New Jersey’s History of Supporting Municipalities
Municipal ordinances have been around for decades in the state of New Jersey. These ordinances began when the state started to recognize regional concerns regarding service, planning, and development due to a surge in population and increased urbanization. Individual counties took on many local duties and responsibilities that municipalities previously resolved. The State allowed each county to reorganize its government to address the needs of diverse communities.
Five hundred sixty-six municipalities exist in New Jersey. There are five types of municipality in the state:
- 250 boroughs
- 52 cities
- 15 towns
- 246 townships
- 3 villages
Under the New Jersey Constitution, each of these municipalities may create and enforce local rules and regulations, called ordinances. Often, corporations and individuals in New Jersey are accused of violating ordinances in a particular municipality.
Matters Municipalities Govern
New Jersey courts emphasize that state and county governments should delegate broad powers to municipalities to develop ordinances for public health and safety and overall well being. Municipal ordinances govern many areas that directly affect their residents, including:
Zoning and planning
Parking and traffic
Right to farm ordinances
Restaurants and food handling
Housing and rent control regulations
Certificates of occupancy
Are Municipal Violations Criminal Offenses?
No. A violation of a municipal ordinance is not considered a crime and should not appear on a criminal record, nor should a criminal background check reveal an instance of a municipal ordinance violation; however, you or your company could face steep fines and other penalties if you are believed to have violated an ordinance.
Municipal violations may include charges of disturbing the peace, excessive noise, littering, loitering, or public intoxication on an individual level. Corporations may also be accused of violating environmental ordinances, littering, zoning regulations, destroying public resources, and any action that interferes with the orderly management of the municipality.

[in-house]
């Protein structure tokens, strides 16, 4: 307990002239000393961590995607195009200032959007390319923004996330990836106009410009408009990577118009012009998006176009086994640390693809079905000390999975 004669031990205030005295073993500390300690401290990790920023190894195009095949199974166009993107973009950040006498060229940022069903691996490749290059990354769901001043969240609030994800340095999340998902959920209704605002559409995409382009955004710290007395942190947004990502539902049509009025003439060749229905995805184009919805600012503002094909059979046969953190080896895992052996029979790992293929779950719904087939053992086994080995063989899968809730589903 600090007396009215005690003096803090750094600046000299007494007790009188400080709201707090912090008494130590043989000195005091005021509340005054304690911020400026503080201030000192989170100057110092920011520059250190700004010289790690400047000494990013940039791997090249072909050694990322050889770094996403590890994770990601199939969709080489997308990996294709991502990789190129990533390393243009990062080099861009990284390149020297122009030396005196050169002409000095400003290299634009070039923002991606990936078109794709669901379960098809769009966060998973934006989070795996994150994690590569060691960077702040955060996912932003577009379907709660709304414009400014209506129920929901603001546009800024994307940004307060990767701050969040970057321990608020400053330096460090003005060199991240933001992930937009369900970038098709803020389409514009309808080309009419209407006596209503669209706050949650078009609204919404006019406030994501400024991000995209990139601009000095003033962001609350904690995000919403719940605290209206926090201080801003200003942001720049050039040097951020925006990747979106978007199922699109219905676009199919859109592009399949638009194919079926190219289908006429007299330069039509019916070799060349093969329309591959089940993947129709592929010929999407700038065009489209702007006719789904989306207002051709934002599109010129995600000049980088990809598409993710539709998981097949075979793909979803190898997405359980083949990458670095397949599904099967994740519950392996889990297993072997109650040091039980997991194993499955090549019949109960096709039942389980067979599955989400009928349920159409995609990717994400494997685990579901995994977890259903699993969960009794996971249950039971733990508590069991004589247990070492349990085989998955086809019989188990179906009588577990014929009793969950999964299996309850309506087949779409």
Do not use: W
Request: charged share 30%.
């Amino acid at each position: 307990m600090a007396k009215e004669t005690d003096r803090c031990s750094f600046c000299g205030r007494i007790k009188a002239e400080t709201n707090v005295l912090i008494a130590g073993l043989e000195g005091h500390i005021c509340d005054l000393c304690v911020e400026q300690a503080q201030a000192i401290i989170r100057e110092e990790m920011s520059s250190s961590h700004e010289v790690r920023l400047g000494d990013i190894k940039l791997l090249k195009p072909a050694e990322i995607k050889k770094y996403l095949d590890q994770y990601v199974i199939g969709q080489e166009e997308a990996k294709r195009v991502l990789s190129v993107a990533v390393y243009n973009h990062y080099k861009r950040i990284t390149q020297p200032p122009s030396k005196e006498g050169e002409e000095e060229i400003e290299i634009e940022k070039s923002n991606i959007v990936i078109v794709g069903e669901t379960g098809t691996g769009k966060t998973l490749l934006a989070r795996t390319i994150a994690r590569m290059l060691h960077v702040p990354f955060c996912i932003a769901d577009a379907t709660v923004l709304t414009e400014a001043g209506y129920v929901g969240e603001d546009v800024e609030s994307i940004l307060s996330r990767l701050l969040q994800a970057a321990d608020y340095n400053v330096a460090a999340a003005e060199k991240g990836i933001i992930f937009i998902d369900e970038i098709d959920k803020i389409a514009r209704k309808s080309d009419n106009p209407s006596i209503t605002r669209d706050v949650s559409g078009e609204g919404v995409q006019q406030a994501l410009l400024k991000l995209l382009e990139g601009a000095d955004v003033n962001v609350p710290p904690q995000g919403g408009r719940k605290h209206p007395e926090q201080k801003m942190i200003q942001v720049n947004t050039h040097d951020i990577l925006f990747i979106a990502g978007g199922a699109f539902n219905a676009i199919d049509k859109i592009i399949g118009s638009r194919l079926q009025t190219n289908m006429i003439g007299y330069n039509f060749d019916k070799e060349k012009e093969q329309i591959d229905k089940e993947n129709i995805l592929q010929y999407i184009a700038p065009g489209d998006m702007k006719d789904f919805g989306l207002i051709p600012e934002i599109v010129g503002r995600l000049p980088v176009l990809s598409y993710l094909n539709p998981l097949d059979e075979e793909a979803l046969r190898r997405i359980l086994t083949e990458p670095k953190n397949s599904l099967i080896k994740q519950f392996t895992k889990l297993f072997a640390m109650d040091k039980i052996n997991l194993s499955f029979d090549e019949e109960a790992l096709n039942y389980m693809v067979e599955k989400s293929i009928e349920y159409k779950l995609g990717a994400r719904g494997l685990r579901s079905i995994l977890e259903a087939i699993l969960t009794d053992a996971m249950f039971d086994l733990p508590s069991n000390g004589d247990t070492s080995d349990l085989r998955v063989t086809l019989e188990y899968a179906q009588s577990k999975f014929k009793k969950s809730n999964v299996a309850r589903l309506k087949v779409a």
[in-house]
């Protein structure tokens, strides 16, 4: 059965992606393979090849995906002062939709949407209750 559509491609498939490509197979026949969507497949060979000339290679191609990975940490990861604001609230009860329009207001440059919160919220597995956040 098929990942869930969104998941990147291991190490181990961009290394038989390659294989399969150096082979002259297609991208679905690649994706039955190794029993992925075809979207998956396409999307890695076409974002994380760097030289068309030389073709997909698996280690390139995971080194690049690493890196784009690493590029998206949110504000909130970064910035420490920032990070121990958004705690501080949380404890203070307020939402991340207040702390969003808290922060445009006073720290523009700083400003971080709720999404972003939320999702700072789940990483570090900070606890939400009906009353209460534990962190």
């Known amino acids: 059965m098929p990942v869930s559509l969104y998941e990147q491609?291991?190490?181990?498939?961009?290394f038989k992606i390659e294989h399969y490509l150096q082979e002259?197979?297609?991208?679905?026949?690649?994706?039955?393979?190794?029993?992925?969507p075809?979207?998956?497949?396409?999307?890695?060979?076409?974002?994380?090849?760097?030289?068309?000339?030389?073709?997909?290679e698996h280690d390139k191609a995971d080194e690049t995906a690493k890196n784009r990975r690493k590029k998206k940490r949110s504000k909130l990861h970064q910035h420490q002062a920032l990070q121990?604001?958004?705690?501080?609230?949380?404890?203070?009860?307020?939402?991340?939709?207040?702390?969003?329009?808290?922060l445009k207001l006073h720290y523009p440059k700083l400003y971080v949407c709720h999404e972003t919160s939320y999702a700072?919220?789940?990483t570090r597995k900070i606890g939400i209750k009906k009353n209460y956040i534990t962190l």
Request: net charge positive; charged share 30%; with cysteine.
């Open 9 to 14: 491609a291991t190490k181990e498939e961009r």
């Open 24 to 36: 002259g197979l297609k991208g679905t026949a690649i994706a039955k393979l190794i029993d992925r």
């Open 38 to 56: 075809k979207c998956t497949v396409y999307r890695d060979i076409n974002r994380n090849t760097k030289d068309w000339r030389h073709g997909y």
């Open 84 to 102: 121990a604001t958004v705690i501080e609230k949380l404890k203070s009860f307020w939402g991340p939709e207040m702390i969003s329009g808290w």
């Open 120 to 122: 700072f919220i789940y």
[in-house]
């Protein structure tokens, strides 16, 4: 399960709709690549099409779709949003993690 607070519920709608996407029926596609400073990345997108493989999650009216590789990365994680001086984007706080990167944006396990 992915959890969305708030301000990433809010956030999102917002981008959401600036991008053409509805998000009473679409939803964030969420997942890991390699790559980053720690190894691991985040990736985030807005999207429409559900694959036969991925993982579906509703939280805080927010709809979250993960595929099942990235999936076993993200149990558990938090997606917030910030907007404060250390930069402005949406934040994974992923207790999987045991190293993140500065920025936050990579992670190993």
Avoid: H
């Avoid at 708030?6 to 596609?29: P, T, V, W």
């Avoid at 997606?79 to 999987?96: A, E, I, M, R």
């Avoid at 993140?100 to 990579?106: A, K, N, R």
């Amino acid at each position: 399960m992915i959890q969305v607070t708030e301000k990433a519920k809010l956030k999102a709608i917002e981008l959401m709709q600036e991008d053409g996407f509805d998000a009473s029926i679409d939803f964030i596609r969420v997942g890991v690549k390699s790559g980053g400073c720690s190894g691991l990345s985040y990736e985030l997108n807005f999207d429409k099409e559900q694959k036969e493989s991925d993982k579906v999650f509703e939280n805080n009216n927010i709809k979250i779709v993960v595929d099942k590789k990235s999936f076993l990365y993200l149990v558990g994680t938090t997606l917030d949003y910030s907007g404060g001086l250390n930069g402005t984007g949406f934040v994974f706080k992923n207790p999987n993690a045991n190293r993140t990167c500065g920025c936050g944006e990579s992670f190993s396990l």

Businesses Facing Local Violations
It is not unheard of for a municipality to issue a summons and complaint to a business entity or one of its officers in an effort to address environmental, health and safety, nuisance and code violation issues affecting real property in the municipality. Often, a municipality will issue a summons and complaint to the CEO or other high ranking officer. If there is a failure to appear, the municipality will issue a warrant for the CEO or other high ranking officer’s arrest. This practice is occurring on a more frequent basis against mortgagees and/or mortgage loan servicers. Sandelands Eyet has extensive experience in representing mortgagees, loan servicers and their officers when they are sued in municipal court.
Individuals Facing Local Violations
Municipal matters include motor vehicle charges, local health or municipal code violations, and lesser criminal matters. Each municipality or a collective of municipalities will have a local court system to process claims and, when necessary, try cases. A judge, retained by the municipality, will preside over the court. A prosecutor, also retained by the municipality, will represent the State in each matter.
Individuals often represent themselves in matters pending in municipal court. However, the penalties if convicted can be significant, both in terms of cost and impact on your freedom, job, driver’s license and insurance premiums. Further, for some violations, a mandatory prison sentence may be imposed. If you have been accused of a municipal violation, contact our office to speak with an attorney that understands your situation, can advise you on what to expect with the charges that you are facing, and can protect your interests as effectively as possible. You can trust our work; our Partners have been selected for the 2019 Super Lawyers Rising Stars List.